How to Make n-D Plain Maps Alexandrov-Well-Composed in a Self-dual Way

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Abstract

In 2013, Najman and Géraud proved that by working on a well-composed discrete representation of a gray-level image, we can compute what is called its tree of shapes, a hierarchical representation of the shapes in this image. This way, we can proceed to morphological filtering and to image segmentation. However, the authors did not provide such a representation for the non-cubical case. We propose in this paper a way to compute a well-composed representation of any gray-level image defined on a discrete surface, which is a more general framework than the usual cubical grid. Furthermore, the proposed representation is self-dual in the sense that it treats bright and dark components in the image the same way. This paper can be seen as an extension to gray-level images of the works of Daragon et al. on discrete surfaces.

Documents

Bibtex (lrde.bib)

@Article{	  boutry.19.jmiv,
  author	= {Nicolas Boutry and Thierry G\'eraud and Laurent Najman},
  title		= {How to Make {$n$-D} Plain Maps {A}lexandrov-Well-Composed
		  in a Self-dual Way},
  journal	= {Journal of Mathematical Imaging and Vision},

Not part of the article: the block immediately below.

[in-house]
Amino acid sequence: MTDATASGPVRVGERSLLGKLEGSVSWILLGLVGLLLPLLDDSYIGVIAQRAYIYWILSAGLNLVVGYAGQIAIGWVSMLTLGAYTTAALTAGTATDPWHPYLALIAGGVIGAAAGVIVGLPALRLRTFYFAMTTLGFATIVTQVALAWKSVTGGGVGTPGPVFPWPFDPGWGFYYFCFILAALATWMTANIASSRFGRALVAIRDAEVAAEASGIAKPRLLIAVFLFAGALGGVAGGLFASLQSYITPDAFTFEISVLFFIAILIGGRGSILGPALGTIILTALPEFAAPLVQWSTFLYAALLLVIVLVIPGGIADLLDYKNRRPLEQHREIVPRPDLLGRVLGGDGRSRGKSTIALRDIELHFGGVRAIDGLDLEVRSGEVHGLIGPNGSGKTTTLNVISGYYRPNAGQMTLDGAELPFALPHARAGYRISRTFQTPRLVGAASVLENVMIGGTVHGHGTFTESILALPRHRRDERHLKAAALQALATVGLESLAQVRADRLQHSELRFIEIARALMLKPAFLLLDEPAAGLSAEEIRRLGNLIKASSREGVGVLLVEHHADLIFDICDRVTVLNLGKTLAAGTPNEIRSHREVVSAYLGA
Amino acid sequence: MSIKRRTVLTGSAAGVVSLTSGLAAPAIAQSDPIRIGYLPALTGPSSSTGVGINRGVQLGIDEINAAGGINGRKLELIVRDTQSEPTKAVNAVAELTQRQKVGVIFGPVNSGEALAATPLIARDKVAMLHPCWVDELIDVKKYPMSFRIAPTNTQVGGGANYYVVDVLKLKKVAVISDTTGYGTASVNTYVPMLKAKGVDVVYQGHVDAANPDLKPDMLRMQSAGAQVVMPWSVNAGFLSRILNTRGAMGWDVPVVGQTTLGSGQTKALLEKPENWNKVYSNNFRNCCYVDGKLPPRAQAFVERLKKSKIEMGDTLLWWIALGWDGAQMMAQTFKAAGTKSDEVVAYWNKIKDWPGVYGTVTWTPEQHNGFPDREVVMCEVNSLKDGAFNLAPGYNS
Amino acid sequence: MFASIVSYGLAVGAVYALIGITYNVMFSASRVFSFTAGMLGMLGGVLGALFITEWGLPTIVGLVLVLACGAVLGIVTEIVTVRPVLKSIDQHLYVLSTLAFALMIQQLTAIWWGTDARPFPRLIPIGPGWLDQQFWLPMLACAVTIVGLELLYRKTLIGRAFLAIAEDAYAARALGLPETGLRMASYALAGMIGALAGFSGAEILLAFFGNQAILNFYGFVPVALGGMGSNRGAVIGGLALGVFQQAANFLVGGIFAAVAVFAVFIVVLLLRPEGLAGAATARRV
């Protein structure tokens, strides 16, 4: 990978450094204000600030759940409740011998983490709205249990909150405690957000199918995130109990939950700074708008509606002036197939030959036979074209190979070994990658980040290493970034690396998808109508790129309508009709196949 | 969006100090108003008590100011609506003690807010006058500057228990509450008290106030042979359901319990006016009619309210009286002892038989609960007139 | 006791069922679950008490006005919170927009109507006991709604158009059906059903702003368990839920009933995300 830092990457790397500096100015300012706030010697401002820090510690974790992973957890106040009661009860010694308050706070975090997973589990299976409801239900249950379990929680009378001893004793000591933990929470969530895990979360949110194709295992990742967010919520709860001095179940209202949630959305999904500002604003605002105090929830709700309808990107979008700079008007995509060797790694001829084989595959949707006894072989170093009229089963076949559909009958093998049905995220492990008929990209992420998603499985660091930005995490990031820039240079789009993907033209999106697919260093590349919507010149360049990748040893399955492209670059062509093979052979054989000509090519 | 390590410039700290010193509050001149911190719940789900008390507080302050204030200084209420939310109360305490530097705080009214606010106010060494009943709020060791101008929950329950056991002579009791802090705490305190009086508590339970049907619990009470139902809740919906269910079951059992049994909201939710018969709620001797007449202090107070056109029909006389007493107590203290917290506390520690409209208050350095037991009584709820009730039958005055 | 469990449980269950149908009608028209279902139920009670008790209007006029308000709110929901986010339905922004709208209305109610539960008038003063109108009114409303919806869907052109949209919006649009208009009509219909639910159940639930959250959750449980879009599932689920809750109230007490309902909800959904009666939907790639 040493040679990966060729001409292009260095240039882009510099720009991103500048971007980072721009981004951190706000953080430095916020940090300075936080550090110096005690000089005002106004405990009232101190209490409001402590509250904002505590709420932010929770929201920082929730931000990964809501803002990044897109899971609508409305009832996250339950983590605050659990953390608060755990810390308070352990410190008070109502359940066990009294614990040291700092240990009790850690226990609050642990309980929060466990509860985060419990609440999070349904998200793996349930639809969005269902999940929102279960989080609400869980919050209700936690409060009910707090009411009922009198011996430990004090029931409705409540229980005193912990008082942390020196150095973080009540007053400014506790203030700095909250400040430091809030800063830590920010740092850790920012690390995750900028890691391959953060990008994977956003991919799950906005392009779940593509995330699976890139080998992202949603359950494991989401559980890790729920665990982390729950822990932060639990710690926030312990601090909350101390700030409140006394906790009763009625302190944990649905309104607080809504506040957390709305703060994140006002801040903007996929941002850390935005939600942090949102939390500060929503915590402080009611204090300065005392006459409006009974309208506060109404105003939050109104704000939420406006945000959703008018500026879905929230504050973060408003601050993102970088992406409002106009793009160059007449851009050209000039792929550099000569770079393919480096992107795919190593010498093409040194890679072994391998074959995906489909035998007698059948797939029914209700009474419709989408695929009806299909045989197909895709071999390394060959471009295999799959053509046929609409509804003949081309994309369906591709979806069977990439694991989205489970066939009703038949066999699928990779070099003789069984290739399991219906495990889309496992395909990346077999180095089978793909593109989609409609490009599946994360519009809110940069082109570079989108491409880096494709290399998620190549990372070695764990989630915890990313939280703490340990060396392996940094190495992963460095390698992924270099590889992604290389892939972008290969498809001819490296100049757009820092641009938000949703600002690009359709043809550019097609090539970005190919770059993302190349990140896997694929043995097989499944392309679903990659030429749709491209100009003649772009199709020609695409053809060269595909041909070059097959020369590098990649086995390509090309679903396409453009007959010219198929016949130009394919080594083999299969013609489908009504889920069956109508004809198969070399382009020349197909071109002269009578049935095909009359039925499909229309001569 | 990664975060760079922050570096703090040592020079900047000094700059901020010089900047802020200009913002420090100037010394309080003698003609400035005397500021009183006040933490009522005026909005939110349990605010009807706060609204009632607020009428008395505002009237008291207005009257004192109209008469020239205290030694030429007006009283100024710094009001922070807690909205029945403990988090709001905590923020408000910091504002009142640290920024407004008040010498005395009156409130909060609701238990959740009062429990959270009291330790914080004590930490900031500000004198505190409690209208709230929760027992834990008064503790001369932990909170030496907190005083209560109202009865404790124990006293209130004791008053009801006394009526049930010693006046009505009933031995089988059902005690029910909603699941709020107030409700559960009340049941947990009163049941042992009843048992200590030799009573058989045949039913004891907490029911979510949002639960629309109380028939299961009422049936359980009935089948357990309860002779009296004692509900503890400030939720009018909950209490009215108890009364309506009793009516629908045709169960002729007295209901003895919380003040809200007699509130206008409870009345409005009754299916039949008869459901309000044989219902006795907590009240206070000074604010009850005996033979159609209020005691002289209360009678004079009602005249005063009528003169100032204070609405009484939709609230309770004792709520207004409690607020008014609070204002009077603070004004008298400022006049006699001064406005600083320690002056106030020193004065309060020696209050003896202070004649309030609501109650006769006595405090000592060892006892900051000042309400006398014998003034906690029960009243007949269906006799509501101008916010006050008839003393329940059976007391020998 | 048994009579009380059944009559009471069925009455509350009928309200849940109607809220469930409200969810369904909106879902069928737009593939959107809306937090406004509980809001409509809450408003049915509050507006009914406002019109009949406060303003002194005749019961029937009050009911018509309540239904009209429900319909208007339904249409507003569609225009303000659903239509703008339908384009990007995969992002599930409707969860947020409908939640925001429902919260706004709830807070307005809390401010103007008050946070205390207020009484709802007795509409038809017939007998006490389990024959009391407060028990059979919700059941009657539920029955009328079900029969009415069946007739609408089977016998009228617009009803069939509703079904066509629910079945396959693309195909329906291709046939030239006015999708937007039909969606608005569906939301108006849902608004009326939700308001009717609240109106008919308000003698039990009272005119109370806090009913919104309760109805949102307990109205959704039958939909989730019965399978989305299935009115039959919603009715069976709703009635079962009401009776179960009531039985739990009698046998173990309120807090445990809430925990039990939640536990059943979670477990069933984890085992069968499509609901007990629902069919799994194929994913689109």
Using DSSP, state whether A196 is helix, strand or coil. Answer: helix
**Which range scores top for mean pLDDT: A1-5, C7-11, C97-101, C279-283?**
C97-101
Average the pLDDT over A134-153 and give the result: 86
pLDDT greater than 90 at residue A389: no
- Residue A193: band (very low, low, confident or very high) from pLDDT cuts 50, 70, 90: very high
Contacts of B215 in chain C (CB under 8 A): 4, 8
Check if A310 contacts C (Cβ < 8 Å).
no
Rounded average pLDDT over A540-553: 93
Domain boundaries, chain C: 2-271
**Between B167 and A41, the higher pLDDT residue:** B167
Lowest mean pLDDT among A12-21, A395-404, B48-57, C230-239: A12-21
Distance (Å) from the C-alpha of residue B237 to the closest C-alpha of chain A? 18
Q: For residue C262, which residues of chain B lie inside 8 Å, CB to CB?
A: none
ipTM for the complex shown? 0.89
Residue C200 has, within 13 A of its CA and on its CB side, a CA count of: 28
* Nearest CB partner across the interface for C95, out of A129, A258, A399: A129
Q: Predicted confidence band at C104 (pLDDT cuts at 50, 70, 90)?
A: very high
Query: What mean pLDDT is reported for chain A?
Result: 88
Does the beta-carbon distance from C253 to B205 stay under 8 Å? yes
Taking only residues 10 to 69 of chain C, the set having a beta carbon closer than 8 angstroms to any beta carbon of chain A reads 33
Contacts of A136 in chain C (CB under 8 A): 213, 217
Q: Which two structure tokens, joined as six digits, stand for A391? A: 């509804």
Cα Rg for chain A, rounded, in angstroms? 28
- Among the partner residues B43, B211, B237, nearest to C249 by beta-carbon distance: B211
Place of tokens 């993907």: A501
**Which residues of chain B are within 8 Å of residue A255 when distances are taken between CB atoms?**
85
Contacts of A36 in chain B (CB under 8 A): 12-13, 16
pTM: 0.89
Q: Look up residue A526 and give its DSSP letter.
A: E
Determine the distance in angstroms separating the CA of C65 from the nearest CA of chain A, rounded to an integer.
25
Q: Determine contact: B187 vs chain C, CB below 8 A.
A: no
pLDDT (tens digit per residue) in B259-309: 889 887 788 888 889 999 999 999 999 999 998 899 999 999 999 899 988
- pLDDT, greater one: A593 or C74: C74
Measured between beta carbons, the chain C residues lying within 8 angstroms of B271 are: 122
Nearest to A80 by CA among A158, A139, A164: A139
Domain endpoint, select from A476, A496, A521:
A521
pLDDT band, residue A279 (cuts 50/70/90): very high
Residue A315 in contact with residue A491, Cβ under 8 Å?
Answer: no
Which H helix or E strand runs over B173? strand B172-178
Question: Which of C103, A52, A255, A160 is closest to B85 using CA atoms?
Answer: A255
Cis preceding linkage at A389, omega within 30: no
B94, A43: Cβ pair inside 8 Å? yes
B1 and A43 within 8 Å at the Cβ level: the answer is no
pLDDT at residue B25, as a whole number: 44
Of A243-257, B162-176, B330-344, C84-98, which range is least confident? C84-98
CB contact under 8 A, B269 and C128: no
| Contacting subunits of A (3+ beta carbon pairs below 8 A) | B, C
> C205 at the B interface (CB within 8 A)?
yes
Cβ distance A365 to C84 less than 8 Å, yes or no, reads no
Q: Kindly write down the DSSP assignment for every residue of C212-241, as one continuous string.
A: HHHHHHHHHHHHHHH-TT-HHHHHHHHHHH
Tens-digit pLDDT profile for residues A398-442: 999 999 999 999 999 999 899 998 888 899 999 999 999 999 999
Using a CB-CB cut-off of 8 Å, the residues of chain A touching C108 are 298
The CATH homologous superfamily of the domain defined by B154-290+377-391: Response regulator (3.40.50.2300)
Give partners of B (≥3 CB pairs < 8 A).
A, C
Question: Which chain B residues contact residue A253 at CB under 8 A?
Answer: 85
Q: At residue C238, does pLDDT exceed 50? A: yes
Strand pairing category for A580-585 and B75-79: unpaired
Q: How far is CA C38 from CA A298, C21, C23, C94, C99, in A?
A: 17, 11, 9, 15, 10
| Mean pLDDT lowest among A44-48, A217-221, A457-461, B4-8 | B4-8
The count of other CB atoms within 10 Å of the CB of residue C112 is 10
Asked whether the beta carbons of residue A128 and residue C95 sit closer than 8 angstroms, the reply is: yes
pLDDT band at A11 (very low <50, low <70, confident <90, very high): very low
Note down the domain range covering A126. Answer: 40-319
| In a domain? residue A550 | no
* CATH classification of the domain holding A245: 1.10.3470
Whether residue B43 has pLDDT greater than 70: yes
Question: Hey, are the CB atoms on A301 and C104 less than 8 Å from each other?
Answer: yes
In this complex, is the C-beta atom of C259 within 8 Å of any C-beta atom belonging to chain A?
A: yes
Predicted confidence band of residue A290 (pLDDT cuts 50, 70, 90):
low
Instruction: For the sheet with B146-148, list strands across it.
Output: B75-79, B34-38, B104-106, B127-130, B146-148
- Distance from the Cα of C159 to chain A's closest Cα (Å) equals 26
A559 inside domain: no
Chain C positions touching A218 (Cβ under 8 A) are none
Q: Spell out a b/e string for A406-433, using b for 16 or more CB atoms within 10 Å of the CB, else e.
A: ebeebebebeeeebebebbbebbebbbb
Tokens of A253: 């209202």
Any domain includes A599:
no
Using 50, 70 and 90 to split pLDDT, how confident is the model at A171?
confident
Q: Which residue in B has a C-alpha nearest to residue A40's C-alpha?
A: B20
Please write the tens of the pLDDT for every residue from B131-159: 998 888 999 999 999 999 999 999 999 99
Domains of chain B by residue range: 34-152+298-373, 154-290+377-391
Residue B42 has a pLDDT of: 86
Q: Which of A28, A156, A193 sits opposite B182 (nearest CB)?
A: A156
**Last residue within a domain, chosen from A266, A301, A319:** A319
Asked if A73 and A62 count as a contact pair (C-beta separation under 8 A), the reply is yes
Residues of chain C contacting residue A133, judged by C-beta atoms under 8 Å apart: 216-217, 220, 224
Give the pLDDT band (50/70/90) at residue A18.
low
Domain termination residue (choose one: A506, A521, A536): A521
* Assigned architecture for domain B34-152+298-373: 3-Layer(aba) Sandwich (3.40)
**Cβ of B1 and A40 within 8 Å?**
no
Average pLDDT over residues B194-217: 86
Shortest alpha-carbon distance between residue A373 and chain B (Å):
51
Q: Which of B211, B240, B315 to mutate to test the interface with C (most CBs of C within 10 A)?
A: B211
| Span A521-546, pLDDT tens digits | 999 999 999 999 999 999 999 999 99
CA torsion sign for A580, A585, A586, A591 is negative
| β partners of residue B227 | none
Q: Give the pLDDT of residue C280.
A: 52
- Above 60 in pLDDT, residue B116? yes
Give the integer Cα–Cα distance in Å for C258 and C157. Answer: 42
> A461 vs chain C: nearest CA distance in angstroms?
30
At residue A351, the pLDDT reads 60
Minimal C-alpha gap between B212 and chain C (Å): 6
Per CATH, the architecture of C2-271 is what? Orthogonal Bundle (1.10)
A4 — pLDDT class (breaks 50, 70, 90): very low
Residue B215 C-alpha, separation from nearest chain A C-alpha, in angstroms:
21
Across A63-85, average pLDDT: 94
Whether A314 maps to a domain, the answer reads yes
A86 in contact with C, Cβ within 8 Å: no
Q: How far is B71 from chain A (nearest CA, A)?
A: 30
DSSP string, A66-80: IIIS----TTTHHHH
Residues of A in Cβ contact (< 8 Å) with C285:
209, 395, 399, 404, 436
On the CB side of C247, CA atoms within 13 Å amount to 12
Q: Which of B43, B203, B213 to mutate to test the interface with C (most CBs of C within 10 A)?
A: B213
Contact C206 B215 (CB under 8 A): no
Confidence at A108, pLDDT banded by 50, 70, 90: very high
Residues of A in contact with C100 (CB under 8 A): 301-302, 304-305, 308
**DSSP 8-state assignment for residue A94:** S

volume	= {61},
  number	= {6},
  pages		= {849--873},
  year		= {2019},
  abstract	= {In 2013, Najman and G\'eraud proved that by working on a
		  well-composed discrete representation of a gray-level
		  image, we can compute what is called its tree of shapes, a
		  hierarchical representation of the shapes in this image.
		  This way, we can proceed to morphological filtering and to
		  image segmentation. However, the authors did not provide
		  such a representation for the non-cubical case. We propose
		  in this paper a way to compute a well-composed
		  representation of any gray-level image defined on a
		  discrete surface, which is a more general framework than
		  the usual cubical grid. Furthermore, the proposed
		  representation is self-dual in the sense that it treats
		  bright and dark components in the image the same way. This
		  paper can be seen as an extension to gray-level images of
		  the works of Daragon et al. on discrete surfaces.}
}